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Perspective

Sport and Conflict of Interest – They never get it!

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The FWC doesn’t often get a chance to consider a high profile case around the interaction of common law duties with the FWA statutory regime. But in Bertos v Northern NSW Football (Northern) that just that occurred. Mr Bertos was appointed by Northern as a full-time Technical Advisor and then subsequently accepted a role as the Head Coach of Weston, a team that played in Northern’s elite competition. His role at Northern involved developing talent in the Northern League and his role at Weston, included developing Weston’s talent and making him not available at key times for Northern.

Courts have always jealously protected employees rights to secure secondary employment where it does not breach a duty or impact on their performance of the primary role. We saw this problem (work impact upon work, in the OHS space) during late summer where employers, particularly in the North started to get an abundance of soft tissue injuries arising from employees secondary role of hay carting and attending work sore, tired, physically fatigued and susceptible to injuring themselves at work.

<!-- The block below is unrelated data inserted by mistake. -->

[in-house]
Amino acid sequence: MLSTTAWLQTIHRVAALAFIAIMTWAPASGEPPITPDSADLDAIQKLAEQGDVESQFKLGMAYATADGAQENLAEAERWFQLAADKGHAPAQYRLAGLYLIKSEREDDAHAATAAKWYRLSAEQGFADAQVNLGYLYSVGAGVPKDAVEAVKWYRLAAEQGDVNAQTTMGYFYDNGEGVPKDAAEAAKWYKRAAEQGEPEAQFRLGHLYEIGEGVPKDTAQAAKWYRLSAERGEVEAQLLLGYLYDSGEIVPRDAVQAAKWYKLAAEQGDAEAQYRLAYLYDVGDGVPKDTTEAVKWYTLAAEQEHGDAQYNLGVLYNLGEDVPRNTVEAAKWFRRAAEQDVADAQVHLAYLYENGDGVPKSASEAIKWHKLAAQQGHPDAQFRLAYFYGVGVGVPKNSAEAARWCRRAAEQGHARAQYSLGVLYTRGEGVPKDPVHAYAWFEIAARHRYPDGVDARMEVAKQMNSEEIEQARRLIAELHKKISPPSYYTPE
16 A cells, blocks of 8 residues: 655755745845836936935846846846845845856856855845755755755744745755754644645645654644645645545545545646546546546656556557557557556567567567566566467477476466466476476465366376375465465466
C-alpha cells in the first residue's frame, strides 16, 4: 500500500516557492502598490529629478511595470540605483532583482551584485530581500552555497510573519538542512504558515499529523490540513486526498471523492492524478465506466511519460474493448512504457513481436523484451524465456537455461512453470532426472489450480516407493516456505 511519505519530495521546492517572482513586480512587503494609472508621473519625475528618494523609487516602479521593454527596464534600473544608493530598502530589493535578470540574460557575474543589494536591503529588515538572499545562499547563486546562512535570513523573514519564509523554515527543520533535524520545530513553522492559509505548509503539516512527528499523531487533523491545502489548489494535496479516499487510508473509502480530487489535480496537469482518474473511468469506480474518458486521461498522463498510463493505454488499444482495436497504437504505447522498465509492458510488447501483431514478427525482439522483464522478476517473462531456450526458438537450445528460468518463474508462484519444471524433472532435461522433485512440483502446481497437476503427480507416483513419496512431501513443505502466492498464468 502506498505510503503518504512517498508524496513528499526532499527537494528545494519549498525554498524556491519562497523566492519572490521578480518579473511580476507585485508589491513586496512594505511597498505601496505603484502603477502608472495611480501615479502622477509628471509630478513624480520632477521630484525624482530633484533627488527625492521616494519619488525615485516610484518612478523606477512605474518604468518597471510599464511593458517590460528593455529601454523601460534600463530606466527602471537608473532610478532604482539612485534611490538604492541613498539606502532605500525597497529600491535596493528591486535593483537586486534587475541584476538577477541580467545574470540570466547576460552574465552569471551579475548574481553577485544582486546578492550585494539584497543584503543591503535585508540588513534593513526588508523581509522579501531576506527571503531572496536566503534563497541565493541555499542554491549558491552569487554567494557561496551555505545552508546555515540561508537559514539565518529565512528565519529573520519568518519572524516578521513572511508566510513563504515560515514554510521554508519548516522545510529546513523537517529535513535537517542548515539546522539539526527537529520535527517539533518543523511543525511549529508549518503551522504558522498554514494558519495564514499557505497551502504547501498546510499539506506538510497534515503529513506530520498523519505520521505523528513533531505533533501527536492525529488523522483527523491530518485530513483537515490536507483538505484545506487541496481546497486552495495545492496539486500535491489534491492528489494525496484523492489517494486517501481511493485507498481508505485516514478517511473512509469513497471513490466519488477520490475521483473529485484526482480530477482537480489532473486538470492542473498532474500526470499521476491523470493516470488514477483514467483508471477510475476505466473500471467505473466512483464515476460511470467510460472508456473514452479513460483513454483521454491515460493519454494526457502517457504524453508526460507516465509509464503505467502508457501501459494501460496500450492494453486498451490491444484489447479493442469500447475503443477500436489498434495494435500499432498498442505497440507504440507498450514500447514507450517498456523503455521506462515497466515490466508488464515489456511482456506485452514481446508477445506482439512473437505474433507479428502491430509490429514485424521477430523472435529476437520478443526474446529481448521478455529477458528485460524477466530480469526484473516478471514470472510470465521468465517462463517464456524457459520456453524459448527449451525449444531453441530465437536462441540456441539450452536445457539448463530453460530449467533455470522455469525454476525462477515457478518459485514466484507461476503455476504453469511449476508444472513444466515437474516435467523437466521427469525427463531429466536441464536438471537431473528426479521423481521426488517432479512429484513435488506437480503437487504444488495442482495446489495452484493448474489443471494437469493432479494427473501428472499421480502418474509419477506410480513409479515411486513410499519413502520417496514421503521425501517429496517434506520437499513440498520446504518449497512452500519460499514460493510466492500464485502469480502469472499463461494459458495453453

In this case the duty of fidelity obligations were clearly broken. Mr Bertos could not do his role of a technical advisor without an obvious conflict around Weston players, could not give his full time to Northern and therefore placed Northern at risk and what was an obvious and stunning conflict, undertook a whole of competition supervisory role around talent whilst coaching one of the elite sides in the competition. What surprises me most is that this case made to hearing, given the flagrant breaches. Not surprisingly, Mr Bertos lost his claim.

Lessons

  • All Contracts of employment should require employees to disclose secondary employment or the desire to accept secondary employment and seek approval
  • In this case, the contract for Mr Bertos was in dispute, it should have been updated. Always remember to update contracts when roles change and insert clear job descriptions and
  • Incorporate within your contracts a clear statement of the common law duties and when inducting people and explain what it means.

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Our team is here to provide the right advice for your business and workforce. If you have a question or require assistance, please contact Andrew Douglas.

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